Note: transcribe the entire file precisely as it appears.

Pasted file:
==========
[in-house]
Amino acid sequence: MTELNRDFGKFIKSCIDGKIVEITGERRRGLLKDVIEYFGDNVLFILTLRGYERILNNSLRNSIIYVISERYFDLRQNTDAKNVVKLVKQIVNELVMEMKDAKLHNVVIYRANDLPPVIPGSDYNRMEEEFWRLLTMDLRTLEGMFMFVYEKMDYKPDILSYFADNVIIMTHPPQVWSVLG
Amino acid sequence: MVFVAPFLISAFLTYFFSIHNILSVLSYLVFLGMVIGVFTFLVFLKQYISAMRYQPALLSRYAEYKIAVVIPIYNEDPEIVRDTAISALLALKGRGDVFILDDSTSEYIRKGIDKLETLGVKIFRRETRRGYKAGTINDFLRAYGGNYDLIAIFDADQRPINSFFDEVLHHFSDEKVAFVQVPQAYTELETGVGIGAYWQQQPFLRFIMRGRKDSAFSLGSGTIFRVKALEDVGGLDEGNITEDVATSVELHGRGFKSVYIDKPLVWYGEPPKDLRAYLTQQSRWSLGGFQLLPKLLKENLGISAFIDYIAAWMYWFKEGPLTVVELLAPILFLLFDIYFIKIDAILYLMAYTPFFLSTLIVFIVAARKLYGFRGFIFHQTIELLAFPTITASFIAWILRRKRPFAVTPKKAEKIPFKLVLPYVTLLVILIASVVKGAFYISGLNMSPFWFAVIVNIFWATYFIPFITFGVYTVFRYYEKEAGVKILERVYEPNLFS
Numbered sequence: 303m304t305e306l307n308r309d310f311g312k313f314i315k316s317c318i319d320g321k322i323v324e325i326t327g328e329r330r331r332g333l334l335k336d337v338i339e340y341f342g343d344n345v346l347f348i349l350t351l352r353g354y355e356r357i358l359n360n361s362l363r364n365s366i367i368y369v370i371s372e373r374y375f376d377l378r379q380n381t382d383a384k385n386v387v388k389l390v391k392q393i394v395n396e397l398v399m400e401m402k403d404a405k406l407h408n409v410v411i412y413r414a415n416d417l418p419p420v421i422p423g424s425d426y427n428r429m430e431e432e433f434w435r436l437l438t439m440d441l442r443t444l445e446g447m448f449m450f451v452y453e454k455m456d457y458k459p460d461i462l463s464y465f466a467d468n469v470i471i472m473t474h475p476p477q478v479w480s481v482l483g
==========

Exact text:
[in-house]
Amino acid sequence: MTELNRDFGKFIKSCIDGKIVEITGERRRGLLKDVIEYFGDNVLFILTLRGYERILNNSLRNSIIYVISERYFDLRQNTDAKNVVKLVKQIVNELVMEMKDAKLHNVVIYRANDLPPVIPGSDYNRMEEEFWRLLTMDLRTLEGMFMFVYEKMDYKPDILSYFADNVIIMTHPPQVWSVLG
Amino acid sequence: MVFVAPFLISAFLTYFFSIHNILSVLSYLVFLGMVIGVFTFLVFLKQYISAMRYQPALLSRYAEYKIAVVIPIYNEDPEIVRDTAISALLALKGRGDVFILDDSTSEYIRKGIDKLETLGVKIFRRETRRGYKAGTINDFLRAYGGNYDLIAIFDADQRPINSFFDEVLHHFSDEKVAFVQVPQAYTELETGVGIGAYWQQQPFLRFIMRGRKDSAFSLGSGTIFRVKALEDVGGLDEGNITEDVATSVELHGRGFKSVYIDKPLVWYGEPPKDLRAYLTQQSRWSLGGFQLLPKLLKENLGISAFIDYIAAWMYWFKEGPLTVVELLAPILFLLFDIYFIKIDAILYLMAYTPFFLSTLIVFIVAARKLYGFRGFIFHQTIELLAFPTITASFIAWILRRKRPFAVTPKKAEKIPFKLVLPYVTLLVILIASVVKGAFYISGLNMSPFWFAVIVNIFWATYFIPFITFGVYTVFRYYEKEAGVKILERVYEPNLFS
Numbered sequence: 303m304t305e306l307n308r309d310f311g312k313f314i315k316s317c318i319d320g321k322i323v324e325i326t327g328e329r330r331r332g333l334l335k336d337v338i339e340y341f342g343d344n345v346l347f348i349l350t351l352r353g354y355e356r357i358l359n360n361s362l363r364n365s366i367i368y369v370i371s372e373r374y375f376d377l378r379q380n381t382d383a384k385n386v387v388k389l390v391k392q393i394v395n396e397l398v399m400e401m402k403d404a405k406l407h408n409v410v411i412y413r414a415n416d417l418p419p420v421i422p423g424s425d426y427n428r429m430e431e432e433f434w435r436l437l438t439m440d441l442r443t444l445e446g447m448f449m450f451v452y453e454k455m456d457y458k459p460d461i462l463s464y465f466a467d468n469v470i471i472m473t474h475p476p477q478v479w480s481v482l483g